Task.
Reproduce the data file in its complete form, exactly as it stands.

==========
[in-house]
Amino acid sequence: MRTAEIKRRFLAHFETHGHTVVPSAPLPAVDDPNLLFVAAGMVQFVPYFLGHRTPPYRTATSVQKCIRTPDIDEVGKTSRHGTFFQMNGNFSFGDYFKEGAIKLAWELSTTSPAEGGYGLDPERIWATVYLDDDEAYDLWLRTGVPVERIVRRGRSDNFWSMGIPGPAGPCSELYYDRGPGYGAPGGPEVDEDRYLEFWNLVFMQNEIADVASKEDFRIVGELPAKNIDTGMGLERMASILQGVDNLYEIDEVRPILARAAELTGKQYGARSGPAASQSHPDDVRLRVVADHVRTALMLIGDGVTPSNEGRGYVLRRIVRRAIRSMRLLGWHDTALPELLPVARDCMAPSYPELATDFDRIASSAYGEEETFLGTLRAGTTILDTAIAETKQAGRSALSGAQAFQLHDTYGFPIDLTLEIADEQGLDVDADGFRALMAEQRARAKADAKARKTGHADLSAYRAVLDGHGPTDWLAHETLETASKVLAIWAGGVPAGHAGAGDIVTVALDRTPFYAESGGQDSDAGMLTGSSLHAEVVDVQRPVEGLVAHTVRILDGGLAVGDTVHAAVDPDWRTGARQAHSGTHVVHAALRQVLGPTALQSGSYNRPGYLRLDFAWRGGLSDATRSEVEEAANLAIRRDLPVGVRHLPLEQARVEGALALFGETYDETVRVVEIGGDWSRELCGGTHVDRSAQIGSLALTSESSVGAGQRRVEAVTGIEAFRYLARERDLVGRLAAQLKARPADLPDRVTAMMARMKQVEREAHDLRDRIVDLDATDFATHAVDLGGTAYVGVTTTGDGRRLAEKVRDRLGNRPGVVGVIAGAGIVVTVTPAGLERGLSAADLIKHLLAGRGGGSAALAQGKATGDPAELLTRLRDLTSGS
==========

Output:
[in-house]
Amino acid sequence: MRTAEIKRRFLAHFETHGHTVVPSAPLPAVDDPNLLFVAAGMVQFVPYFLGHRTPPYRTATSVQKCIRTPDIDEVGKTSRHGTFFQMNGNFSFGDYFKEGAIKLAWELSTTSPAEGGYGLDPERIWATVYLDDDEAYDLWLRTGVPVERIVRRGRSDNFWSMGIPGPAGPCSELYYDRGPGYGAPGGPEVDEDRYLEFWNLVFMQNEIADVASKEDFRIVGELPAKNIDTGMGLERMASILQGVDNLYEIDEVRPILARAAELTGKQYGARSGPAASQSHPDDVRLRVVADHVRTALMLIGDGVTPSNEGRGYVLRRIVRRAIRSMRLLGWHDTALPELLPVARDCMAPSYPELATDFDRIASSAYGEEETFLGTLRAGTTILDTAIAETKQAGRSALSGAQAFQLHDTYGFPIDLTLEIADEQGLDVDADGFRALMAEQRARAKADAKARKTGHADLSAYRAVLDGHGPTDWLAHETLETASKVLAIWAGGVPAGHAGAGDIVTVALDRTPFYAESGGQDSDAGMLTGSSLHAEVVDVQRPVEGLVAHTVRILDGGLAVGDTVHAAVDPDWRTGARQAHSGTHVVHAALRQVLGPTALQSGSYNRPGYLRLDFAWRGGLSDATRSEVEEAANLAIRRDLPVGVRHLPLEQARVEGALALFGETYDETVRVVEIGGDWSRELCGGTHVDRSAQIGSLALTSESSVGAGQRRVEAVTGIEAFRYLARERDLVGRLAAQLKARPADLPDRVTAMMARMKQVEREAHDLRDRIVDLDATDFATHAVDLGGTAYVGVTTTGDGRRLAEKVRDRLGNRPGVVGVIAGAGIVVTVTPAGLERGLSAADLIKHLLAGRGGGSAALAQGKATGDPAELLTRLRDLTSGS